According to the SEC, "Tempted by promises of 'rags to riches' transformations and easy credit, most investors gave little thought to the systemic risk that arose from widespread abuse of margin financing and unreliable information about the securities in which they were investing. During the 1920s, approximately 20 million large and small shareholders took advantage of post-war prosperity and set out to make their fortunes in the stock market. It is estimated that of the $50 billion in new securities offered during this period, half became worthless."

Congress passed the Securities Act of 1933 and a year later the '34 Act, which were designed to restore investor confidence in U.S. capital markets by providing investors and the markets with more reliable information and clear rules of honest dealing. President Franklin D. Roosevelt appointed Joseph P. Kennedy, former President John F. Kennedy's father, to serve as the first chairman of the SEC.

Monitoring the securities industry requires a highly coordinated effort. Congress established the Securities and Exchange Commission (SEC) in 1934 to enforce the newly-passed securities laws, to promote stability in the markets and, most importantly, to protect investors.

In July of 2009, the Obama administration sent Congress legislation designed to protect investors by bolstering the authority of financial and banking regulators including the SEC. The proposal was part of the sweeping plan for overhauling the U.S. financial rule book that the administration is pressing lawmakers to enact to help avert another meltdown. It sought to put investment advisers providing services to retail investors and stockbrokers under the same standards of conduct, and to strengthen rules governing the timing and quality of disclosures by investment funds.[6]

On September 5, 2014, the SEC named Tracey McNeil, a longtime SEC official, its first ever ombudsman, a role mandated by the 2010 Dodd-Frank financial overhaul. McNeil acts as a liaison in resolving problems that retail investors may have with the Commission.[7]

On August 5, 2015, the SEC approved a final rule requiring companies to disclose the pay gap between chief executives and rank-and-file employees, marking the culmination of years of heated debate over the measure, which is required by the 2010 Dodd-Frank law. The vote was 3-2, with the two Republicans on the commission opposing the rule.[8]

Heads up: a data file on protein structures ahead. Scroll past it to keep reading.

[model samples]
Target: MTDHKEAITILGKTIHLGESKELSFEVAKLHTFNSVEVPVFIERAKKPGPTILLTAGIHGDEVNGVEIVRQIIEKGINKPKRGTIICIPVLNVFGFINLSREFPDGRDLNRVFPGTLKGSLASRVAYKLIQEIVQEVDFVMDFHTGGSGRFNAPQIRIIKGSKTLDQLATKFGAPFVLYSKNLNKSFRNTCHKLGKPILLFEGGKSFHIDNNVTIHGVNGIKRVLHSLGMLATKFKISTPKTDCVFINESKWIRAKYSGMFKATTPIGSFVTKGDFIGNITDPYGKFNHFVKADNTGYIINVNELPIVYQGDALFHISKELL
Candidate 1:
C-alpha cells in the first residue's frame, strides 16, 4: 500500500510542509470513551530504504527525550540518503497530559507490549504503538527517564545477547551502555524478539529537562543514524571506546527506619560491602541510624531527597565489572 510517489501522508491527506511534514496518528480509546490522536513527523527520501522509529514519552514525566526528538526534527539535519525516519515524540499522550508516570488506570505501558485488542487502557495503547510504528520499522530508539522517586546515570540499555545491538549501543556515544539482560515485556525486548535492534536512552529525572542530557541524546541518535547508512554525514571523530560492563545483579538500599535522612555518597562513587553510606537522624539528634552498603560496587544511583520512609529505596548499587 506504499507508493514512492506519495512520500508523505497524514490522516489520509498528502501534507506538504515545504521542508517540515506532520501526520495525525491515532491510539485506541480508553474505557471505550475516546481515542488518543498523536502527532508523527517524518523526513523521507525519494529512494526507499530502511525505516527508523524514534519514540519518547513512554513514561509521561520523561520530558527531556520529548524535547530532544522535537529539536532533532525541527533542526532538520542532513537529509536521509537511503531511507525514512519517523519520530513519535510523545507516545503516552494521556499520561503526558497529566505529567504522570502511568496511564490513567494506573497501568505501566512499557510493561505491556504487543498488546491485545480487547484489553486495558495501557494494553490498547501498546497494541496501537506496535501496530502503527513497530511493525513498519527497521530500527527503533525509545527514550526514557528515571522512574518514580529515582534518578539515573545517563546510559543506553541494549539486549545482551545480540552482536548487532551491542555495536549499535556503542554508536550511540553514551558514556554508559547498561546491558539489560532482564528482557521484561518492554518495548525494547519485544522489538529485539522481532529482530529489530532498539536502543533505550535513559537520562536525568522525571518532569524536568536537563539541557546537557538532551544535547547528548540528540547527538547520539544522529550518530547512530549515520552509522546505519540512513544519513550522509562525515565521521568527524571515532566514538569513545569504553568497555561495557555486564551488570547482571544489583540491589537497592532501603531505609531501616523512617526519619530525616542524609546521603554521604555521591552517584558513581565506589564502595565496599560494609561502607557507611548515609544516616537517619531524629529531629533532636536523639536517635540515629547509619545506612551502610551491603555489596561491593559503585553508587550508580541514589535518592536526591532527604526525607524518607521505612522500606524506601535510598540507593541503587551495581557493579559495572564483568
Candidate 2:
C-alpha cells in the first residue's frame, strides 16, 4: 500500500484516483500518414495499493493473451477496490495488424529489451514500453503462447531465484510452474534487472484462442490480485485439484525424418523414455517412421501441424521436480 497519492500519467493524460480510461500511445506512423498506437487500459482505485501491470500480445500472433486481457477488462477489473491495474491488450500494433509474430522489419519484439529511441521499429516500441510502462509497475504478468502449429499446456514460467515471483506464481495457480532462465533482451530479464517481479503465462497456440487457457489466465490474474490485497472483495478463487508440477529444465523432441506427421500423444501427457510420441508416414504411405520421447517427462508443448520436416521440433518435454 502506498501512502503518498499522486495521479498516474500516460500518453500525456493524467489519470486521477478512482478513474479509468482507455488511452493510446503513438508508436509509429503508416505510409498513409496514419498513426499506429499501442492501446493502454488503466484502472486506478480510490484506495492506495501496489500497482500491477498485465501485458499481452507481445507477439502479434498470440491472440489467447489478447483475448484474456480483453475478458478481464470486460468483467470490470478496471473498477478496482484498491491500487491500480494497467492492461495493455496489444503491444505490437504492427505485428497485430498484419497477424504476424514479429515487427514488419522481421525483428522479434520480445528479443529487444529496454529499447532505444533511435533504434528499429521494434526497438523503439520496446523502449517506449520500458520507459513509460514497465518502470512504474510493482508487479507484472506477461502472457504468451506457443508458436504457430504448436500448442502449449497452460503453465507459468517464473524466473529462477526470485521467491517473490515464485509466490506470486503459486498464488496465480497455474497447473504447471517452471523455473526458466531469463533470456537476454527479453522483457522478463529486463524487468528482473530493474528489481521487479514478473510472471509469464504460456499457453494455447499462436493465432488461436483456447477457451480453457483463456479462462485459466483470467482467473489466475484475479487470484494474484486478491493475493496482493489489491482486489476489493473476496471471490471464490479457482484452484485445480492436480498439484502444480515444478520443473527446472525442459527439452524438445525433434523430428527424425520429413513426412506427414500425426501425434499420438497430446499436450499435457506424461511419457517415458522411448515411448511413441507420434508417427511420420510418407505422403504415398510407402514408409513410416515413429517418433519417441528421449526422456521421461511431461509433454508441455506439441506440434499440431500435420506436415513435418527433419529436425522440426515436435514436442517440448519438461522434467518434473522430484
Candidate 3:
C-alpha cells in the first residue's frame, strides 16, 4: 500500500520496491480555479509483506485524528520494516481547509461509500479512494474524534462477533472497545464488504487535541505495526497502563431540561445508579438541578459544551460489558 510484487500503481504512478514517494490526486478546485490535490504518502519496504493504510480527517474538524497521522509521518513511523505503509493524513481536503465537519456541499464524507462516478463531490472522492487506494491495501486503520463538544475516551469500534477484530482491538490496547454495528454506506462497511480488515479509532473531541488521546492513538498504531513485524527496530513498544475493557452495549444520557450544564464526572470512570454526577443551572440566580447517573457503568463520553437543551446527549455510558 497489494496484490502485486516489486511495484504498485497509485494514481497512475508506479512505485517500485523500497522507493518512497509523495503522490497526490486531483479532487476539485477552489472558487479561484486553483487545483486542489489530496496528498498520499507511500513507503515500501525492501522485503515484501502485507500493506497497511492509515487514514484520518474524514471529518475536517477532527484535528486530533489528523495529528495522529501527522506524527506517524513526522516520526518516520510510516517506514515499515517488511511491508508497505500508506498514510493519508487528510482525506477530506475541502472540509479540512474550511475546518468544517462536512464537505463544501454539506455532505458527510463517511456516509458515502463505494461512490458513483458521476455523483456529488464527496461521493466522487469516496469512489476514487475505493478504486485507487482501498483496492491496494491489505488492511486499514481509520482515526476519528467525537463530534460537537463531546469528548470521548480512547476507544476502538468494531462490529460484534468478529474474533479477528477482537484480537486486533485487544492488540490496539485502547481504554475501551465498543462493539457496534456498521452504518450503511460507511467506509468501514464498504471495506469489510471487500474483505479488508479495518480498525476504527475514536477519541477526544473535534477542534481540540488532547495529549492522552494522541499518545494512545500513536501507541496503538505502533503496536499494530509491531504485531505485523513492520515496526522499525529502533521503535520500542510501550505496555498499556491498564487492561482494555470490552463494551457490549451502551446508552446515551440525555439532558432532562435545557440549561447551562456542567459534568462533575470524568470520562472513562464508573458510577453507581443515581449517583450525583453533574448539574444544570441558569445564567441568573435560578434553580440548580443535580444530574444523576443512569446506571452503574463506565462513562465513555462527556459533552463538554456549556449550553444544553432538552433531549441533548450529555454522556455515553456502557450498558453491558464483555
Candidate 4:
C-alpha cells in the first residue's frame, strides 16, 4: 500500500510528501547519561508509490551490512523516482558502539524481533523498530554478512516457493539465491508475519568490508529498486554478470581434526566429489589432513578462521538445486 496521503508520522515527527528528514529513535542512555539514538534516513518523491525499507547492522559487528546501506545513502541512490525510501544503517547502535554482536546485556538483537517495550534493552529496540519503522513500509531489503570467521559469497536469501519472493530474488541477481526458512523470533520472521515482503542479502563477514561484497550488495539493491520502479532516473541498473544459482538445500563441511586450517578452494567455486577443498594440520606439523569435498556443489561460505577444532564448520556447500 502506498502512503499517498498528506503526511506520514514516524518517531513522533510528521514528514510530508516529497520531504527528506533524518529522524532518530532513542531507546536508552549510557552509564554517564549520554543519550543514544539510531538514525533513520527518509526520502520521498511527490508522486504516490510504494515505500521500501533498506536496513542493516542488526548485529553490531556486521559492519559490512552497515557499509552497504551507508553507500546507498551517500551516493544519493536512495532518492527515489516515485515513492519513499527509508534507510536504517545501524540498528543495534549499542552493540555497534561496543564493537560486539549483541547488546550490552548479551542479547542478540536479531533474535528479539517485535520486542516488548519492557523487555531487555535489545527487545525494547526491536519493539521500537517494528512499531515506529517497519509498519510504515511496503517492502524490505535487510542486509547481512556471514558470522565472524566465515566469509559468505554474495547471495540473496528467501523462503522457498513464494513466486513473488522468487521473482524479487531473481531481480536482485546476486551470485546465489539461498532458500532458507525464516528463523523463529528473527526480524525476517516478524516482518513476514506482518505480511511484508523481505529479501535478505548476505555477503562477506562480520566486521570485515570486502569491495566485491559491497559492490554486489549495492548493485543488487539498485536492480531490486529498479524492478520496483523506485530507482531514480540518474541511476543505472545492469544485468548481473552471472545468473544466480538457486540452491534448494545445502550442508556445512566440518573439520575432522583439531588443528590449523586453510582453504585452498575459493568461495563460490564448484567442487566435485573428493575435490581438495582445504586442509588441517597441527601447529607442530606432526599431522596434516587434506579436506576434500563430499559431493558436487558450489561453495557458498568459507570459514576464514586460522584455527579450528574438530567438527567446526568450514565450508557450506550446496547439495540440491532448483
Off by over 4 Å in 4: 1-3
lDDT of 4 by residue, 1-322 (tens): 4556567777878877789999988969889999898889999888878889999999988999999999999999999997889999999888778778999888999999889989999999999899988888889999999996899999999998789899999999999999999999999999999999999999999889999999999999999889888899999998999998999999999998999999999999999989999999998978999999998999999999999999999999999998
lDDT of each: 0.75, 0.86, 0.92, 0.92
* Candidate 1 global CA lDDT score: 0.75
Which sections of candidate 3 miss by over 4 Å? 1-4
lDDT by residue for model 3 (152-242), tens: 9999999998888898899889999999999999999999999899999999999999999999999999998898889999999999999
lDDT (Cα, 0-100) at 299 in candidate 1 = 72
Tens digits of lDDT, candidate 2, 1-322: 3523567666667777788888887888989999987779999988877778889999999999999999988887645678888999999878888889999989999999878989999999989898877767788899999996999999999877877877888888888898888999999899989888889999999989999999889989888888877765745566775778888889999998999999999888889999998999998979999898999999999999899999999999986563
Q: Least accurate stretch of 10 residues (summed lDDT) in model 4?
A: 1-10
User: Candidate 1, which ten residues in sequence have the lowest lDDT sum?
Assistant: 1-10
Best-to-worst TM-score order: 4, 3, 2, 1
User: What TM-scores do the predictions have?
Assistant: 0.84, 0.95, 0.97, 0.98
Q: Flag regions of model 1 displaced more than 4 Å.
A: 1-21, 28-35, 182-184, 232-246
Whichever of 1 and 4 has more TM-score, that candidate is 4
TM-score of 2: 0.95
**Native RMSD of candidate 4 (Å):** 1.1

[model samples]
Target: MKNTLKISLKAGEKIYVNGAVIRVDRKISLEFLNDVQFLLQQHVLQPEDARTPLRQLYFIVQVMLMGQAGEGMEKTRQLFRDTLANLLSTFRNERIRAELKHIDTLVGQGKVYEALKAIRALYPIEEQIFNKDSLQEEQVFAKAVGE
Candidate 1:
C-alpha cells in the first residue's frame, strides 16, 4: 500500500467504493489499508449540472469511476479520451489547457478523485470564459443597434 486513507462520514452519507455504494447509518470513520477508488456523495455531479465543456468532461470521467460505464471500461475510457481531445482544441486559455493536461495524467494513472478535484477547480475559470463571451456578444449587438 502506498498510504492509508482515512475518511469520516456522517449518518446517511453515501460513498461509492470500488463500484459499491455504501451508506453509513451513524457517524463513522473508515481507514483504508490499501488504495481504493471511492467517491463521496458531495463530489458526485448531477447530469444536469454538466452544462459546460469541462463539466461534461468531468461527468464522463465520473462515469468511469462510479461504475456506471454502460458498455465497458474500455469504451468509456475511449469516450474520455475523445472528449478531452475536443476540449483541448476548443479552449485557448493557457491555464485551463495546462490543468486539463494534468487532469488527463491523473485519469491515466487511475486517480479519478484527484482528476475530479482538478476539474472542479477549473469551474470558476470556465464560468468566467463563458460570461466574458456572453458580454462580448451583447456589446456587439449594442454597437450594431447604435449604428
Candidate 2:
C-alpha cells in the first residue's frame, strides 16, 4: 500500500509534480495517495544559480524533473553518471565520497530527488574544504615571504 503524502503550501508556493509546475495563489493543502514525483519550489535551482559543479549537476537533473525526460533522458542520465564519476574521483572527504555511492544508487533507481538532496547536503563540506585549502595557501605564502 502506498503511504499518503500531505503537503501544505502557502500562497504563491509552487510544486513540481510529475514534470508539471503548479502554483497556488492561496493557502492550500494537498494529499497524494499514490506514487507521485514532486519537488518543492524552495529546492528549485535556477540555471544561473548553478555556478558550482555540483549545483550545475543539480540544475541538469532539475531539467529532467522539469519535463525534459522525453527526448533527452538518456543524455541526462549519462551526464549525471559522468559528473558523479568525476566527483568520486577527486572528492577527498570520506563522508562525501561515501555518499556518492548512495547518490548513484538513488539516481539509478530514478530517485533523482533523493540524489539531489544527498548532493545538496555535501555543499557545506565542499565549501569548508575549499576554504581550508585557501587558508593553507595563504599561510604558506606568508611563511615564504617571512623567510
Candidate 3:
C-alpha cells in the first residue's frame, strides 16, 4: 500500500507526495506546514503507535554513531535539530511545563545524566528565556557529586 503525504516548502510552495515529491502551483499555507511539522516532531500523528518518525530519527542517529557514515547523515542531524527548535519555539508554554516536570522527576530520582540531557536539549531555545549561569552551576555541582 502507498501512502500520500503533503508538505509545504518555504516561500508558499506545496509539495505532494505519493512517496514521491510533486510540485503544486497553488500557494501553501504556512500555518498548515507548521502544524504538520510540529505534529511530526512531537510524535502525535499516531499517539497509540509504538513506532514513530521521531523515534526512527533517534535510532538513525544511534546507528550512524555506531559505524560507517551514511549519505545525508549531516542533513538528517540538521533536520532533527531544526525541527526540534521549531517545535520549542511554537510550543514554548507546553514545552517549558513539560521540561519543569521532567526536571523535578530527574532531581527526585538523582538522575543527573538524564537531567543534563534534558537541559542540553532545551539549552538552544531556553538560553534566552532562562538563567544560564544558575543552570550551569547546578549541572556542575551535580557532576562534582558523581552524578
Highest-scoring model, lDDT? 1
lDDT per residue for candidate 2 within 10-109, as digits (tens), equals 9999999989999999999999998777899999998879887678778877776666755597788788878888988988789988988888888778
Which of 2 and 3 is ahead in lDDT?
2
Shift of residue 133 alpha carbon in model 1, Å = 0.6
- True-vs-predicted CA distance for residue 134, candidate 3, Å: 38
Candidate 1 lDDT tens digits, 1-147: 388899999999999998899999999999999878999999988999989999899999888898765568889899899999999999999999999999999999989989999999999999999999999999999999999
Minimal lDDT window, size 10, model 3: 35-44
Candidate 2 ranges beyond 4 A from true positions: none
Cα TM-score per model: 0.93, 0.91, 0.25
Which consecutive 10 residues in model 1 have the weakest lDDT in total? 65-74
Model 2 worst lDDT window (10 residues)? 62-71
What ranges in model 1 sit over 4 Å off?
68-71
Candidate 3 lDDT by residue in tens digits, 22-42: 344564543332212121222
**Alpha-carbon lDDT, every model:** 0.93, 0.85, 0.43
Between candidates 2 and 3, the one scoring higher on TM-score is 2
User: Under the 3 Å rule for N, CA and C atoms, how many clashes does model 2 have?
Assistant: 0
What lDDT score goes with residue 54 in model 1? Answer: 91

On December 9, 2020, the SEC voted to adopt new rules governing the collection, consolidation and dissemination of market data for exchange-listed national market system stocks, commonly known as NMS market data. The update of that infrastucture was the first since it was implemented in the late 1970s. The change allowed more detailed data showing supply and demand for stocks to be added to public feeds, called securities information processors, or SIPs.

The new SEC market data rules also introduced a decentralized consolidation model under which competing consolidators, rather than the existing exclusive SIPs, would collect, consolidate and disseminate certain NMS information. The "exclusive" SIPs include major U.S. exchanges like the New York Stock Exchange and Nasdaq. The exchanges strongly opposed the changes. [9][10]

In February 2021, Nasdaq, the New York Stock Exchange (NYSE) and Cboe Global Markets each sued the SEC over its new rules on SIPs, seeking to block the overhaul of the public data feeds. The exchanges maintained the rule changes would undermine their proprietary data businesses. [11] [12] [13]

Cryptocurrencies

Along with the U.S. Commodity Futures Trading Commission (CFTC) the SEC is tasked with regulating cryptocurrency issuance and trading when those instruments are deemed to be securities under U.S. law. In June 2018, the SEC appointed Valerie Szczepanik as associate director of the Division of Corporation Finance and senior adviser for digital assets and innovation.[14]

Starting in 2013, the SEC has alerted the investing public about some of the risks associated with cryptocurrency investments and investment schemes.[15][16]